I’m interested in doing some more analysis over them. For everyone that follows me I have a list of who follows them, who they follow, the totals for those, their bios, etc. What else should I look for?
And finally, this was only made possible by the ~50 people who donated their API requests so I could make all these requests. To all of you, thank you!!
Awhile back my Twitter account was hit with a ‘follow attack’ where 75-200 clearly fake accounts per day were following me. My follower count peaked at 14000 before I started trying to mitigate it. I blocked 4000 of them based on a shared account they all followed, but I’ve always wanted to get rid of the remaining ~7000 fake accounts still following me. Yeah, they’re not hurting anything, but I’d like a more accurate count.
Unfortunately to do the kind of analysis on my followers needed to try to find the fake ones (grabbing all of the ~11K followers, who they follow and are followed by and the details for those users), I need a TON of API requests and Twitter limits me to 350/hour. While my script is running I’d be unable to use Twitter otherwise. I could use multiple accounts, but I only have so many of those. So this is where I need your help.
By authorizing my app to use your account to access otherwise public information, I can get around the rate limits. For each additional authorized account I can make 350 requests/hour. The app I’ve created has the lowest permissions settings available (can only read public data) and can’t access your direct messages, follow anyone on your behalf or tweet. It’s straight-up read only (you can verify this on the app authorization screen).
If you’d like to help, click here to authorize your Twitter account (you will be immediately sent to the Twitter app authorization screen). This will not effect your rate limits and I’ll delete the application when I’m done gathering all of the data.
Taylor Fausak has a nice guide for creating iOS-friendly app icons for your web apps that includes instructions for the retina iPad, which Apple’s docs have not yet been updated for.
Short story, you need icons in four sizes: 57x57, 72x72, 114x114 and 144x144. He also has a helpful tip for specifying the startup image specific to each device using CSS media queries.
Here’s the video of my talk from NDC about Cloud Service APIs. It’s an intro to what they are, what technologies are involved, why you would want to use them with a few interesting demos at the end.
Apologies in advance for the rate at which I speak.
I am planning to deactivate my Facebook account in a few days. I’ve already deleted all the mobile apps from my devices, shut off all notifications, removed access to all 3rd-party apps, etc. Twitter, Foursquare and Instagram will be where I expend my social networking energy. (Side note: can we find a better term than ‘social networking’ already???)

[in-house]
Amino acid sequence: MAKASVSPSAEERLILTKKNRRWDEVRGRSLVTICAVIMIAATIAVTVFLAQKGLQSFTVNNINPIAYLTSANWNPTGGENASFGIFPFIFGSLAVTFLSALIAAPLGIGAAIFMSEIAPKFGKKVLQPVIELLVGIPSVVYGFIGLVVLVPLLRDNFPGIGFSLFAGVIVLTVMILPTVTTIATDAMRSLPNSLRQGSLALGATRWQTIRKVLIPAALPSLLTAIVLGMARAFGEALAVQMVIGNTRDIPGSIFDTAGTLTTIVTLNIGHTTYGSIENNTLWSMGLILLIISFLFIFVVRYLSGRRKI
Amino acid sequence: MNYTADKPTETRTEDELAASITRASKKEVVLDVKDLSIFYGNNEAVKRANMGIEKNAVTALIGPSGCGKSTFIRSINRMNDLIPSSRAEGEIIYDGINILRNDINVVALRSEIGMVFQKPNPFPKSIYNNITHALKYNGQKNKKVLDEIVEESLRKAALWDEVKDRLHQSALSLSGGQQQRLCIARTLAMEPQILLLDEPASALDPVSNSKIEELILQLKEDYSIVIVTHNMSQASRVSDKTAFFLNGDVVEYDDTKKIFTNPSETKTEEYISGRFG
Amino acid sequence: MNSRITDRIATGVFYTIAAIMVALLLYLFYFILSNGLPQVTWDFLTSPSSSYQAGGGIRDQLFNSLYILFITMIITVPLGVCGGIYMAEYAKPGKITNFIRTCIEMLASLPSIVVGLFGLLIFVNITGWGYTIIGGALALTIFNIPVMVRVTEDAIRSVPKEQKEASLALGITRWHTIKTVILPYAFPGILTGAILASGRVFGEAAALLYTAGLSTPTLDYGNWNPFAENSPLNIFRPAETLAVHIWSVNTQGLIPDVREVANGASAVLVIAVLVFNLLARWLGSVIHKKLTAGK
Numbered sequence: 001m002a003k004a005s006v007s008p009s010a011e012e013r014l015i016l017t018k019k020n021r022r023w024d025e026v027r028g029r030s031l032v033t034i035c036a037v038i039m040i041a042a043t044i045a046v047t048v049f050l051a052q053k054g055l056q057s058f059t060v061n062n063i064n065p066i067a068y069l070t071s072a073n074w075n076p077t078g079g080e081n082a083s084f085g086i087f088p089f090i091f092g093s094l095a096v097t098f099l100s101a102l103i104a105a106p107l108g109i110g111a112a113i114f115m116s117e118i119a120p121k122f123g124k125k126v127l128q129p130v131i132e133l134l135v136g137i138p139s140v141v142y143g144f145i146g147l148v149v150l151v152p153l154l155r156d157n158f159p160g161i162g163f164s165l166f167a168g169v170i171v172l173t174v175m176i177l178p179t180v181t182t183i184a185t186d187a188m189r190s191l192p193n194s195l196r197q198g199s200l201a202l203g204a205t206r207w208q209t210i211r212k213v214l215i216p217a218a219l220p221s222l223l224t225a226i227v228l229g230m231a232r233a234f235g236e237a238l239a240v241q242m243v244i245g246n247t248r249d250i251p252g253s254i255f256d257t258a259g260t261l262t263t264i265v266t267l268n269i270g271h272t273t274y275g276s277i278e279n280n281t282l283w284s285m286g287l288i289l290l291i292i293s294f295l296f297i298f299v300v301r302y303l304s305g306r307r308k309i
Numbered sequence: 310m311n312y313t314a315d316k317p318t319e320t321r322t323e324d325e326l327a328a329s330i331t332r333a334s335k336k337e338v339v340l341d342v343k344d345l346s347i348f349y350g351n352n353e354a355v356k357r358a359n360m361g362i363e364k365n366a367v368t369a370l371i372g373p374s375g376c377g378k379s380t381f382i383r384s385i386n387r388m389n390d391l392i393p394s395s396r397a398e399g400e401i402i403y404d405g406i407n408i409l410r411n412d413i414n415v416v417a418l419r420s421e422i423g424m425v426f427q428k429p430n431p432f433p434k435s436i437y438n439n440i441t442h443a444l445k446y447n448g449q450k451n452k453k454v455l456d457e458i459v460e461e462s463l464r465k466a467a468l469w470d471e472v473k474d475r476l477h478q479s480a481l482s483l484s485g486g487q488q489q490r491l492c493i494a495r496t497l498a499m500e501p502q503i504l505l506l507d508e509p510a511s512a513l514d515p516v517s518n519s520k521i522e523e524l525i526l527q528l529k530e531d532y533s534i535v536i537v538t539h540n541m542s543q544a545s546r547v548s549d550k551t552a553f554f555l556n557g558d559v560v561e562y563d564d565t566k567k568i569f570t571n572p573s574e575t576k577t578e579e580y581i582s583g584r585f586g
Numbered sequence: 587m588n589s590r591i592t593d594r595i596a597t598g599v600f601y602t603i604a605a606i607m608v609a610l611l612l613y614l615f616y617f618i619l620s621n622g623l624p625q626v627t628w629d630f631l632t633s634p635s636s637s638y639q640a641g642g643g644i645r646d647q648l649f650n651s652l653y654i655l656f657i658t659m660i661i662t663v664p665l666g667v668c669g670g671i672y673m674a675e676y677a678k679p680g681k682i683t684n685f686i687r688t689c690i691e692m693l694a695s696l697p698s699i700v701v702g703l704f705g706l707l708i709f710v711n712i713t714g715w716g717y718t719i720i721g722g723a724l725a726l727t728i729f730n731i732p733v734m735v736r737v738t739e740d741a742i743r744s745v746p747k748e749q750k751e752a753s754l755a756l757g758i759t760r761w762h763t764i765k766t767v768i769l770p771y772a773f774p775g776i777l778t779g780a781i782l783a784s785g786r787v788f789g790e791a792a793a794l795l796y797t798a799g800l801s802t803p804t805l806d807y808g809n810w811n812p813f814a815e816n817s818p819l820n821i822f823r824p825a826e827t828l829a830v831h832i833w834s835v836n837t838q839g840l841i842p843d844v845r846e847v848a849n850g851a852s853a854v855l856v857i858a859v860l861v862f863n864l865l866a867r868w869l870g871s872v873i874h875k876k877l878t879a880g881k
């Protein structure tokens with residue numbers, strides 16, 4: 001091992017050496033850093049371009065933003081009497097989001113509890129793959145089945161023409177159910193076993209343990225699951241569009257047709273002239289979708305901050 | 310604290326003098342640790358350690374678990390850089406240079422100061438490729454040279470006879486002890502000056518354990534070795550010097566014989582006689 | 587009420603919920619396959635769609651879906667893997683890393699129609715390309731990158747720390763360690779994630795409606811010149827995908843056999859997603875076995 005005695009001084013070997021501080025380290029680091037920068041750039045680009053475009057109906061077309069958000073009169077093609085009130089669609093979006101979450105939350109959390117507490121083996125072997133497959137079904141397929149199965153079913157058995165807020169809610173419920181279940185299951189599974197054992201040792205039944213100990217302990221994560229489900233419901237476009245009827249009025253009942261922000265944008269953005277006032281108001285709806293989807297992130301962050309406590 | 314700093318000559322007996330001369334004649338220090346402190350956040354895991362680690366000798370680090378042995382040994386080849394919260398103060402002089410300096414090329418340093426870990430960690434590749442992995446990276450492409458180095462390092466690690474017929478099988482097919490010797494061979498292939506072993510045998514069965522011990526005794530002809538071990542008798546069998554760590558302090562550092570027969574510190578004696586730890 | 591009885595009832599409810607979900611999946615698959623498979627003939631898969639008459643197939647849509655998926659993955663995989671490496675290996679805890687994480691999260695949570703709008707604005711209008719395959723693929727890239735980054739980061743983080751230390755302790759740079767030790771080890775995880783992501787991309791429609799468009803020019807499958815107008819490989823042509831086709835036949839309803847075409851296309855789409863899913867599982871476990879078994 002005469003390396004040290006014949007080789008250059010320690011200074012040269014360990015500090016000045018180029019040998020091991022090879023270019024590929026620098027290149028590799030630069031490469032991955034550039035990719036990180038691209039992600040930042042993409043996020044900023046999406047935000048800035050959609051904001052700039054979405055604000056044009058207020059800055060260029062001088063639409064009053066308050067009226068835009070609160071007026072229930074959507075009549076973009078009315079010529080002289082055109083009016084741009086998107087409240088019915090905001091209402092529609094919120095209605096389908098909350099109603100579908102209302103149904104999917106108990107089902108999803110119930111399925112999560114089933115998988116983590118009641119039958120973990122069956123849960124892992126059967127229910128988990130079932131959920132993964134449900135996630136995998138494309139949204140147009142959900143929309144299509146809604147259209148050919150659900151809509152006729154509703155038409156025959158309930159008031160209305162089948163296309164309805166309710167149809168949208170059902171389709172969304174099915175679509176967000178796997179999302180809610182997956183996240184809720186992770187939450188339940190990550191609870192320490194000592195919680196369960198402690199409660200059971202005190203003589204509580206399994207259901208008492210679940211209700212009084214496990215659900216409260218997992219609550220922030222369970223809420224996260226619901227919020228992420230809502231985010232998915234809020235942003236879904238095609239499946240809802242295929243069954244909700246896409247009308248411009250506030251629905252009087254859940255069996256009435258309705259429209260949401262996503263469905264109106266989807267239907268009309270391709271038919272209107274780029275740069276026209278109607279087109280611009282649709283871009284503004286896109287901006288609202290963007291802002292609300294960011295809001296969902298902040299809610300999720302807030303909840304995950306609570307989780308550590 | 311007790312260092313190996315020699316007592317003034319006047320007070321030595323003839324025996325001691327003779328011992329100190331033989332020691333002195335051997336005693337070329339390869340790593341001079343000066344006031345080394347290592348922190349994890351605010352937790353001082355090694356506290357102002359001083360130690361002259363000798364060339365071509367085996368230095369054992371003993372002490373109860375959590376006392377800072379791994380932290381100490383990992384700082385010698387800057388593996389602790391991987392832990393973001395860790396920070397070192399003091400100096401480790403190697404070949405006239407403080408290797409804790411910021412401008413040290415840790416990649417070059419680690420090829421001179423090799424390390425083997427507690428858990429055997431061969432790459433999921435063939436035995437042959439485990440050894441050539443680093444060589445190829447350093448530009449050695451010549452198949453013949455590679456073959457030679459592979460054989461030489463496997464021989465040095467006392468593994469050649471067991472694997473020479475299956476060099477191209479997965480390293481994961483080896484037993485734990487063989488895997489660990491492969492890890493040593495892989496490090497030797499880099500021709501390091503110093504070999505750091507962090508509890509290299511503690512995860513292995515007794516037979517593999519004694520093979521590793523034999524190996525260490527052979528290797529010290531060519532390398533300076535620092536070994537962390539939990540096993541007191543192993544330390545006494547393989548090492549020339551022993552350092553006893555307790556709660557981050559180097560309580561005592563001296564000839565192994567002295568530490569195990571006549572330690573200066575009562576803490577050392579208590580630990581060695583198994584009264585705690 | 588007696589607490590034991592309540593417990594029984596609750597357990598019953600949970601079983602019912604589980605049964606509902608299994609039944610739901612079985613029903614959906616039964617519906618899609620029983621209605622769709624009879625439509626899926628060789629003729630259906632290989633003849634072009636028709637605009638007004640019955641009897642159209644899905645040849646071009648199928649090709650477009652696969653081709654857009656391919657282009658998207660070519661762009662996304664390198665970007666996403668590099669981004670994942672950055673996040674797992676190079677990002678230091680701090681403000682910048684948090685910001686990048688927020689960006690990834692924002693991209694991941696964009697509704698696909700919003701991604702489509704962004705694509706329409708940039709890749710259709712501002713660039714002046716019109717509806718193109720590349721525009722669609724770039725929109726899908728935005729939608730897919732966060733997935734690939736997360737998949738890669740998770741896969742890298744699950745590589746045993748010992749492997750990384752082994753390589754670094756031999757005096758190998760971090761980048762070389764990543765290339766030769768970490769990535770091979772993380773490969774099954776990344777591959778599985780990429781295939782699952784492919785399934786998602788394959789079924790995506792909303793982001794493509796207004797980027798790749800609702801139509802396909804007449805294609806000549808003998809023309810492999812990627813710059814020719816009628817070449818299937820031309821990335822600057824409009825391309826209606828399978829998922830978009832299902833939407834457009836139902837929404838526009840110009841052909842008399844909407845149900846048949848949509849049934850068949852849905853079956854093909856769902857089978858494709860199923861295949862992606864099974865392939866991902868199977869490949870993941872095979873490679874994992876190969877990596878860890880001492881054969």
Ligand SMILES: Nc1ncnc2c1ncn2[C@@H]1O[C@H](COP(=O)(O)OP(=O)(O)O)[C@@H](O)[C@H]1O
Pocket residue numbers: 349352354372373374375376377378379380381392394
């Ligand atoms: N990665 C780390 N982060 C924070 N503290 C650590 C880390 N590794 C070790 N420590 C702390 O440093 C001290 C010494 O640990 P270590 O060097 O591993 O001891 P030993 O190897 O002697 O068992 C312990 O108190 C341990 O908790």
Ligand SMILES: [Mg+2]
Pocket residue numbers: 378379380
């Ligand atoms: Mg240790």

You might say, “Aha! Instagram is owned by Facebook!” if you assume I’m shutting it off for one of the following, commonly believed to be evil reasons:
I don’t mind that Facebook (or any other service I use a lot) has a lot of data about me that they want to use to make money, I find that to be an acceptable trade off as long as they don’t leak it and don’t use it to ruin the UX.
Baby and Kid Pictures
If you follow me on Twitter you’ve seen my jokes about this. Contrary to that, I do actually like my friends’ kids and enjoy being able to keep up with their lives from across the country. I will miss this.
So, why am I taking a Facebook hiatus?
Because their of their incessant desire to emphasize things I could not care less about at the expense of the things I do care about.
First off, recommendations. As if the whole concept of finding and friending people at this point is difficult. IF I WANTED TO BE FRIENDS WITH SOMEONE, I’D ALREADY BE FRIENDS WITH THEM. The mobile app wastes an incredible amount of space on this (~1/3 of the visible timeline at launch) and dismissing it is buggy. The web site also gives this too much attention for my liking and in both cases they’re foisting people upon me that I have implicitly told Facebook I do not care about BECAUSE I DID NOT FRIEND THEM.
Recommendations are the exact opposite kind of information that I want out of Facebook. What I want is the latest updates from my friends’ lives. Whatever algorithm they use to construct the timeline is horribly broken, frequently leaving out posts from MY OWN WIFE even though I’ve explicitly said show me all of her posts (a crazy setting to have to set to begin with). It’s near useless.
To accentuate its uselessness, now they’re injecting ‘Sponsored Likes’, because if a friend of mine likes something, obviously I must like it too! I’ve always hated ‘Likes’ as a concept (I had very few) and now Facebook is willing to sell the opportunity to annoy me about them to another company. These also take up significant space in the timeline (bigger than a lot of other types of entries) making it difficult (again) to see the content I actually care about.
And back to that mobile app, it’s a piece of you know what.
All of these horrible user experiences aren’t worth the marginal value I get out of the service otherwise. The stuff I post there is of very low quality and I’m much better served by the other aforementioned social networks. There’s likely a point in the future where if we have children I will be compelled to reactivate it. Until then, it’s one less piece of terrible software in my life. Sorry MN friends. Email me sometime.
(I own a small amount of Facebook stock. Yes, really.)